The University of Amsterdam and political TV programme Een Vandaag recently released interesting research on the preferences of Dutch voters, and their supposed volatility.
Their conclusions are that it’s political parties more than voters who are volatile, moving now to the left, then to the right. Voter preferences hardly change, but voters more and more need to switch parties regularly in order to vote according to their preferences.
In addition, the paper finds that it’s voters from any sort of middle group (income, education, or political preference) that are most volatile. There is no more centre party, apparently. CDA is too confused, D66 too much for higher-educated city dwellers.
The research confirms the existence of a left and a right block, with fairly little traffic between them. The left consists of SP, GL, and PvdA, and the right of CDA, VVD, and PVV. In this paper D66 is the only true centre party, catching votes from both left and right. In addition, the paper sees very little vote exchange between PvdA and CDA. It does not say anything about movement between SP and PVV, but the most recent polls suggest that such a move is definitely going on.
In my mental model there are three conduits that allow voters to move from right to left. If these three voter movements take place simultaneously, the left wins a lot of seats from the right (or vice versa):
The paper agrees on VVD-to-D66, but adds that many CDA voters, too, may consider the Democrats. Though the numbers support that conclusion up to a point, the amount of VVD-to-D66 switchers is still much larger than the amount of CDA-to-D66 switchers. I always thought that the CDA was too socially conservative to have much in common with D66, and from these numbers that appears to be true up to a point. Not all CDA voters are social conservaties, though: some are just genuinely centrist, and for them D66 remains an alternative.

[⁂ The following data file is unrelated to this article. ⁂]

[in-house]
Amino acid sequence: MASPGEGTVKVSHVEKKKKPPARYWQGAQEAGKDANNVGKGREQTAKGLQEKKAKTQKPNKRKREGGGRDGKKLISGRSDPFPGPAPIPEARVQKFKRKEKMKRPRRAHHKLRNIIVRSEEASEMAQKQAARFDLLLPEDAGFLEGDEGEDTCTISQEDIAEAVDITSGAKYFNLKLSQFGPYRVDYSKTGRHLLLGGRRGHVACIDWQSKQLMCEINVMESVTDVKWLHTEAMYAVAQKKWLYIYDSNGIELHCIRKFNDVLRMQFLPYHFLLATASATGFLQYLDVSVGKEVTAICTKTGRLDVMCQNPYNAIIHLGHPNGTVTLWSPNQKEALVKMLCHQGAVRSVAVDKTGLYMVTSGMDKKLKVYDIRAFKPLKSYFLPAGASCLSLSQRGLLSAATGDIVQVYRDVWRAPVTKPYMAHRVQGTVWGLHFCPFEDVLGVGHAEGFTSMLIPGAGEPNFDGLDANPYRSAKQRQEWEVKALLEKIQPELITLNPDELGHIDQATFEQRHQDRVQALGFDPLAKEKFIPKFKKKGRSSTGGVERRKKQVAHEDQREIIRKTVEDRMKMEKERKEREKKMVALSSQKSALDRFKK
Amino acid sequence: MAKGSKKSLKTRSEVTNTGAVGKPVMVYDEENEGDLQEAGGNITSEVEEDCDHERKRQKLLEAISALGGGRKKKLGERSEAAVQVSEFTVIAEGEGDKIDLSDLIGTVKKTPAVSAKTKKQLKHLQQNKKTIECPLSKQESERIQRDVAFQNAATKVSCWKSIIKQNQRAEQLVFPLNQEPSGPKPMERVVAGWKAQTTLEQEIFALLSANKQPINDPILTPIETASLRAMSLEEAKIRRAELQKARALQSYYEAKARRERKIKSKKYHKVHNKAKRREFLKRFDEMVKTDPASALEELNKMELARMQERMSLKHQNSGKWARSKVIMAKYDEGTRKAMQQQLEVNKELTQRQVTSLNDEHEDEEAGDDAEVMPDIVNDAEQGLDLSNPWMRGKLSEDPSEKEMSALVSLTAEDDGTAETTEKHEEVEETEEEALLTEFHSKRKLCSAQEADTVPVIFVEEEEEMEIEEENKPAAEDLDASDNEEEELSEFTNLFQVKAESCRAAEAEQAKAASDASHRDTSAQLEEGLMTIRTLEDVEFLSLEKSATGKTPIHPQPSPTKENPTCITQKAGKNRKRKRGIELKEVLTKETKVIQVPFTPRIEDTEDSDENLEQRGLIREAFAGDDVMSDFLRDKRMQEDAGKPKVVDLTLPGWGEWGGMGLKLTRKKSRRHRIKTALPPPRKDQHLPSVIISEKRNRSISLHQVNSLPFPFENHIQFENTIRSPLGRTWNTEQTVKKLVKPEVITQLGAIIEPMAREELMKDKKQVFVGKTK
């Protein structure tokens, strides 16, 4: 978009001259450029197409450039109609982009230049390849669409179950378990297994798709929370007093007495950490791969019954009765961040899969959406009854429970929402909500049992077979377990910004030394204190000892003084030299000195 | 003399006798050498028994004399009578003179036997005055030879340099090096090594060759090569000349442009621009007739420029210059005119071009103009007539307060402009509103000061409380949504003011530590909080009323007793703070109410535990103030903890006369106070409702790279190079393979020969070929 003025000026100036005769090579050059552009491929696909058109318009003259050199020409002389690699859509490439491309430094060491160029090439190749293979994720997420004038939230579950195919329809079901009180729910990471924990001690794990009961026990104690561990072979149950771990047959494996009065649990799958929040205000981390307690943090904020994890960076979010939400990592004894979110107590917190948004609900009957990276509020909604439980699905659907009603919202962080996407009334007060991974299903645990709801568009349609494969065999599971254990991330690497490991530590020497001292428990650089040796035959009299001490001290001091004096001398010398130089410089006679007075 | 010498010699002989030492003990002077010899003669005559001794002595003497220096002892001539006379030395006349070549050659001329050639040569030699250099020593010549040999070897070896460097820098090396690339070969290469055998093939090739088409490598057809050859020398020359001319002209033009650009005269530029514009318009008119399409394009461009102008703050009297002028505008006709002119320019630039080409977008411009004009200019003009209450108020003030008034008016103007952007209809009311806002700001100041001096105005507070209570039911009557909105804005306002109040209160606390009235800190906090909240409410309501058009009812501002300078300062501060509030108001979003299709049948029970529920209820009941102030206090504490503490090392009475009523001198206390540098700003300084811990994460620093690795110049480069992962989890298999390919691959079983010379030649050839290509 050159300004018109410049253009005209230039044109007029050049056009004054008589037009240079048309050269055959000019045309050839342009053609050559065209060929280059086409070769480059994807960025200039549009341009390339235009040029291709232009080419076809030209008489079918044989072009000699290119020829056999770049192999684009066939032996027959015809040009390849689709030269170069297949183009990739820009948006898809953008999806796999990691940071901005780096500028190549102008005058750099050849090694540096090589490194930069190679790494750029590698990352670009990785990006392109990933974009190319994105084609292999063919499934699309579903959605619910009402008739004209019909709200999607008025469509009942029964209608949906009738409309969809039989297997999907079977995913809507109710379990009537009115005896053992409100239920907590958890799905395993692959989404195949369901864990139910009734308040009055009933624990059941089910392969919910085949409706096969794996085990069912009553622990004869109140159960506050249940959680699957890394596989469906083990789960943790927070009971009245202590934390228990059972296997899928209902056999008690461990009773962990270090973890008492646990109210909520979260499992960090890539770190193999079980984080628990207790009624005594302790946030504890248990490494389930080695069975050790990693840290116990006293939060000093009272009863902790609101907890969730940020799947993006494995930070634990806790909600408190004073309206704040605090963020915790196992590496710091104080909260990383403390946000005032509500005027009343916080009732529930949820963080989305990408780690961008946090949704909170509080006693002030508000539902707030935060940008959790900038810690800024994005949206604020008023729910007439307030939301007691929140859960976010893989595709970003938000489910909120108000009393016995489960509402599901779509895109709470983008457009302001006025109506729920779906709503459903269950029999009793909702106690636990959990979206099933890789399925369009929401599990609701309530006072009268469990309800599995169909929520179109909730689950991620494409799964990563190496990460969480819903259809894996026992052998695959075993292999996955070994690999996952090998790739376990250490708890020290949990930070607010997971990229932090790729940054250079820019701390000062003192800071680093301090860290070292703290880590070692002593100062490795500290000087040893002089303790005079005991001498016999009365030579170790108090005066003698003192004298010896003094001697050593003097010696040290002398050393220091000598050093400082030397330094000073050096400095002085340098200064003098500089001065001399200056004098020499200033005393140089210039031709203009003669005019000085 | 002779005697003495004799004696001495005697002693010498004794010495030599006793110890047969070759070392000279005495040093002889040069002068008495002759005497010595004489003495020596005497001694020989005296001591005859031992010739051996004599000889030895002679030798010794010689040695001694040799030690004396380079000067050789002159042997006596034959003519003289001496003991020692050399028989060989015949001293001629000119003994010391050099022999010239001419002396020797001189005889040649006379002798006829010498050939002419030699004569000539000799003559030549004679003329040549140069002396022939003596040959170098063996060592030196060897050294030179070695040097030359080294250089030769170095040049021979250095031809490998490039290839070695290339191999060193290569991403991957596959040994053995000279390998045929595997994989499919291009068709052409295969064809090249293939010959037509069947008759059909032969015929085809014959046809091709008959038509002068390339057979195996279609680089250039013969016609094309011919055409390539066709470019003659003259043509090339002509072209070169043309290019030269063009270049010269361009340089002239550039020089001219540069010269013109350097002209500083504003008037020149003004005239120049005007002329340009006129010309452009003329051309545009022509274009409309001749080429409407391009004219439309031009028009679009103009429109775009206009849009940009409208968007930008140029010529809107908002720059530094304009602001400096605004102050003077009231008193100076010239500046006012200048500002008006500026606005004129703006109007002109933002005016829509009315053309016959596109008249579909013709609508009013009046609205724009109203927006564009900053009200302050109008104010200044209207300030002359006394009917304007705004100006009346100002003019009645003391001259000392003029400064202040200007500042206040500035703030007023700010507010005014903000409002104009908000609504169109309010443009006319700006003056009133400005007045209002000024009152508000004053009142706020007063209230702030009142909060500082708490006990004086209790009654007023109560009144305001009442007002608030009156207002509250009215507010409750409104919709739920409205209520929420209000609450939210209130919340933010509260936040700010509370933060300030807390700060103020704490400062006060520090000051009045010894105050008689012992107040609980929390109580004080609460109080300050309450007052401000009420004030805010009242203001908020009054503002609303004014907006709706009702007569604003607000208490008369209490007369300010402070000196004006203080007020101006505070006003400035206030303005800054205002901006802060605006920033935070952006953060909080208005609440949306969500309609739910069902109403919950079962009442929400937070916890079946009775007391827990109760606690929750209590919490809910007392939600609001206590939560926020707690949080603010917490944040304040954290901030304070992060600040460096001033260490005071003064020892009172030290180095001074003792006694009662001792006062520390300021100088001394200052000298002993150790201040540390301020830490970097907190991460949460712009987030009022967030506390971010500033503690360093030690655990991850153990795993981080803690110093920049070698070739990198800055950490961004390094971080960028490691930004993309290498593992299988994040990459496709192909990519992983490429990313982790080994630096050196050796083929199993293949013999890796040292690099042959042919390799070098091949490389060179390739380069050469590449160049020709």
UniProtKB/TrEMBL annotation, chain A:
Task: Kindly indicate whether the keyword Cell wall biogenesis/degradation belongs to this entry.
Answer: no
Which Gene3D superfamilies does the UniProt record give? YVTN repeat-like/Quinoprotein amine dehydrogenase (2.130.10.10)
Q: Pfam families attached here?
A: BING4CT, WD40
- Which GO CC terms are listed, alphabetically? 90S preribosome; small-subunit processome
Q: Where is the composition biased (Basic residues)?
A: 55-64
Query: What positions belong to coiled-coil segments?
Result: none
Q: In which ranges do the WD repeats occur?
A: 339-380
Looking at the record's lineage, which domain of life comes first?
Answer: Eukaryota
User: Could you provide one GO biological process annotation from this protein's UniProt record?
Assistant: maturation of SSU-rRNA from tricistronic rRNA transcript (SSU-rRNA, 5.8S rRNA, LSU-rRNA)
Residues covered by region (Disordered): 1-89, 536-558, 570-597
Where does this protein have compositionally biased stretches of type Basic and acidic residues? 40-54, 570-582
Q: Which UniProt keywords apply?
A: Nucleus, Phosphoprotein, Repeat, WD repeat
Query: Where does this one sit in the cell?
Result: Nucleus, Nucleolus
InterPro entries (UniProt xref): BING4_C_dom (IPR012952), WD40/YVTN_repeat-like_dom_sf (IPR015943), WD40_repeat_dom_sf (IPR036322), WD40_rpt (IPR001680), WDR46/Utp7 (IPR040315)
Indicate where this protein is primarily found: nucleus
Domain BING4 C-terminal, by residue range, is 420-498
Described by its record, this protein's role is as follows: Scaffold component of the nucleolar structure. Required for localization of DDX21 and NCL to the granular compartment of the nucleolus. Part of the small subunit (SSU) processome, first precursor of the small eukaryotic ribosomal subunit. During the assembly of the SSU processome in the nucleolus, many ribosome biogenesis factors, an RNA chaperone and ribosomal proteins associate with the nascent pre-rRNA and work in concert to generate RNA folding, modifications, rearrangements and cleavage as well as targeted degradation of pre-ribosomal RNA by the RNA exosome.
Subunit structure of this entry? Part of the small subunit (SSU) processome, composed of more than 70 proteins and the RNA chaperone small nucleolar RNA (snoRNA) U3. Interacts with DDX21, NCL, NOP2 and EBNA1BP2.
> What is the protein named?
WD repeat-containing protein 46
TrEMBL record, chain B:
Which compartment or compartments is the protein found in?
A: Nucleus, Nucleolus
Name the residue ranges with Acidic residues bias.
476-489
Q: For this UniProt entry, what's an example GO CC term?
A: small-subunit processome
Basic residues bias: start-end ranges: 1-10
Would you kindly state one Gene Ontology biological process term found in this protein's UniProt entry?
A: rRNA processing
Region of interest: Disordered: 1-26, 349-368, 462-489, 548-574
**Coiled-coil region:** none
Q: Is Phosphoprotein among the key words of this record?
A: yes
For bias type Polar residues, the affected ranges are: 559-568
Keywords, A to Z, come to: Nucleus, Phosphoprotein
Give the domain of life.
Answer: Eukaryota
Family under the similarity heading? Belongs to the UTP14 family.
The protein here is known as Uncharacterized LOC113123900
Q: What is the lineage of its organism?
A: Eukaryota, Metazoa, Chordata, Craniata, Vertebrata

The paper also says there’s hardly any evidence for voter movement between PvdA and CDA. That may be so, but the research is only about 2006 and later — exactly the period that both these parties performed their incredible shrinking act. If both of them lose voters it’s only natural that they don’t exchange any: unhappy right-wing PvdA voters casting around for an alternative won’t like an equally confused CDA, and will instead opt for D66. So I’d like to revisit this voter conduit once at least one of the two parties performs well in the polls.
As to the PVV to SP conduit: the current crop of polls makes clear that it is in fine working order. The paper doesn’t dissect this conduit in detail, but it’s clearly there (see for instance table 4.1, page 32).
Finally, the paper gives the various parties some strategic advice. There are several interesting points here:
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This is the political blog of Peter-Paul Koch, mobile platform strategist, consultant, and trainer, in Amsterdam. It’s a hobby blog where he follows Dutch politics for the benefit of those twelve foreigners that are interested in such matters, as well as his Dutch readers.